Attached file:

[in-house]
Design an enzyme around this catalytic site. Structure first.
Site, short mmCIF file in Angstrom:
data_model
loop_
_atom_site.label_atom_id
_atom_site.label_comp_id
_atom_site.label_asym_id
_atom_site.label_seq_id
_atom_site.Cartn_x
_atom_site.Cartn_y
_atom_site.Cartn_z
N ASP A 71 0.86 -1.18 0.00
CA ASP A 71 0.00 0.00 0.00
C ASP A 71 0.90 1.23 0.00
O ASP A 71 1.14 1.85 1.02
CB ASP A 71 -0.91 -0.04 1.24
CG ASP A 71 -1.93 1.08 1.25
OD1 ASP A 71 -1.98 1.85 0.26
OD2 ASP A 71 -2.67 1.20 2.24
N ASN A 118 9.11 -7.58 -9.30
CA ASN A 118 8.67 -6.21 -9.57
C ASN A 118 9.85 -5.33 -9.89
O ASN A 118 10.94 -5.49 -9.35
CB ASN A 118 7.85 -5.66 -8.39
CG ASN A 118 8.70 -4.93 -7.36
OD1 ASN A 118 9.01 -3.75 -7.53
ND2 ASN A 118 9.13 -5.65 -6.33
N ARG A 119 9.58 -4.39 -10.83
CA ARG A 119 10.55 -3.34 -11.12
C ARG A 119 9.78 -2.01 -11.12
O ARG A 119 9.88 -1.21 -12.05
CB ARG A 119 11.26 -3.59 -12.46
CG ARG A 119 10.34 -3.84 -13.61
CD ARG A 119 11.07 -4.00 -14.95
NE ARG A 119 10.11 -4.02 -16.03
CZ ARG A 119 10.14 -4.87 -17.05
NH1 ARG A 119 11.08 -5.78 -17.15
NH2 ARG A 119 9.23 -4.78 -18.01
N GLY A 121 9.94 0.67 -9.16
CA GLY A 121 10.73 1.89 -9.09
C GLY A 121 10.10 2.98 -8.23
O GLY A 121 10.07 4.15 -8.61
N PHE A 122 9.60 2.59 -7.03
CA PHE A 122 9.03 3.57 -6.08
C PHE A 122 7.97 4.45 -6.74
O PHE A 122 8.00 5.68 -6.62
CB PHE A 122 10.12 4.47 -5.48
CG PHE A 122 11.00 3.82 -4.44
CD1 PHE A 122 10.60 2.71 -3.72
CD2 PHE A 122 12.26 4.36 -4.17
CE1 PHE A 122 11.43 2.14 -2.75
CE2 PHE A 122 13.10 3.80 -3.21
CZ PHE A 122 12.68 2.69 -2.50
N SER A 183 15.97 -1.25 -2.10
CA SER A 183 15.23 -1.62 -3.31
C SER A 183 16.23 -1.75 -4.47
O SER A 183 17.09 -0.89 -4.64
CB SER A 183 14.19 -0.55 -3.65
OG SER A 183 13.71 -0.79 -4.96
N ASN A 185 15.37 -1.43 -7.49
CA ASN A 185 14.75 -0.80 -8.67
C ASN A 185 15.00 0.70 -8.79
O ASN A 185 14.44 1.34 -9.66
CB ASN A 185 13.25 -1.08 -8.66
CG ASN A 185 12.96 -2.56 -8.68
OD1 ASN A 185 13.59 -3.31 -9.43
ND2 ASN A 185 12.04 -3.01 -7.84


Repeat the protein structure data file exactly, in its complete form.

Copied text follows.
[in-house]
Design an enzyme around this catalytic site. Structure first.
Site, short mmCIF file in Angstrom:
data_model
loop_
_atom_site.label_atom_id
_atom_site.label_comp_id
_atom_site.label_asym_id
_atom_site.label_seq_id
_atom_site.Cartn_x
_atom_site.Cartn_y
_atom_site.Cartn_z
N ASP A 71 0.86 -1.18 0.00
CA ASP A 71 0.00 0.00 0.00
C ASP A 71 0.90 1.23 0.00
O ASP A 71 1.14 1.85 1.02
CB ASP A 71 -0.91 -0.04 1.24
CG ASP A 71 -1.93 1.08 1.25
OD1 ASP A 71 -1.98 1.85 0.26
OD2 ASP A 71 -2.67 1.20 2.24
N ASN A 118 9.11 -7.58 -9.30
CA ASN A 118 8.67 -6.21 -9.57
C ASN A 118 9.85 -5.33 -9.89
O ASN A 118 10.94 -5.49 -9.35
CB ASN A 118 7.85 -5.66 -8.39
CG ASN A 118 8.70 -4.93 -7.36
OD1 ASN A 118 9.01 -3.75 -7.53
ND2 ASN A 118 9.13 -5.65 -6.33
N ARG A 119 9.58 -4.39 -10.83
CA ARG A 119 10.55 -3.34 -11.12
C ARG A 119 9.78 -2.01 -11.12
O ARG A 119 9.88 -1.21 -12.05
CB ARG A 119 11.26 -3.59 -12.46
CG ARG A 119 10.34 -3.84 -13.61
CD ARG A 119 11.07 -4.00 -14.95
NE ARG A 119 10.11 -4.02 -16.03
CZ ARG A 119 10.14 -4.87 -17.05
NH1 ARG A 119 11.08 -5.78 -17.15
NH2 ARG A 119 9.23 -4.78 -18.01
N GLY A 121 9.94 0.67 -9.16
CA GLY A 121 10.73 1.89 -9.09
C GLY A 121 10.10 2.98 -8.23
O GLY A 121 10.07 4.15 -8.61
N PHE A 122 9.60 2.59 -7.03
CA PHE A 122 9.03 3.57 -6.08
C PHE A 122 7.97 4.45 -6.74
O PHE A 122 8.00 5.68 -6.62
CB PHE A 122 10.12 4.47 -5.48
CG PHE A 122 11.00 3.82 -4.44
CD1 PHE A 122 10.60 2.71 -3.72
CD2 PHE A 122 12.26 4.36 -4.17
CE1 PHE A 122 11.43 2.14 -2.75
CE2 PHE A 122 13.10 3.80 -3.21
CZ PHE A 122 12.68 2.69 -2.50
N SER A 183 15.97 -1.25 -2.10
CA SER A 183 15.23 -1.62 -3.31
C SER A 183 16.23 -1.75 -4.47
O SER A 183 17.09 -0.89 -4.64
CB SER A 183 14.19 -0.55 -3.65
OG SER A 183 13.71 -0.79 -4.96
N ASN A 185 15.37 -1.43 -7.49
CA ASN A 185 14.75 -0.80 -8.67
C ASN A 185 15.00 0.70 -8.79
O ASN A 185 14.44 1.34 -9.66
CB ASN A 185 13.25 -1.08 -8.66
CG ASN A 185 12.96 -2.56 -8.68
OD1 ASN A 185 13.59 -3.31 -9.43
ND2 ASN A 185 12.04 -3.01 -7.84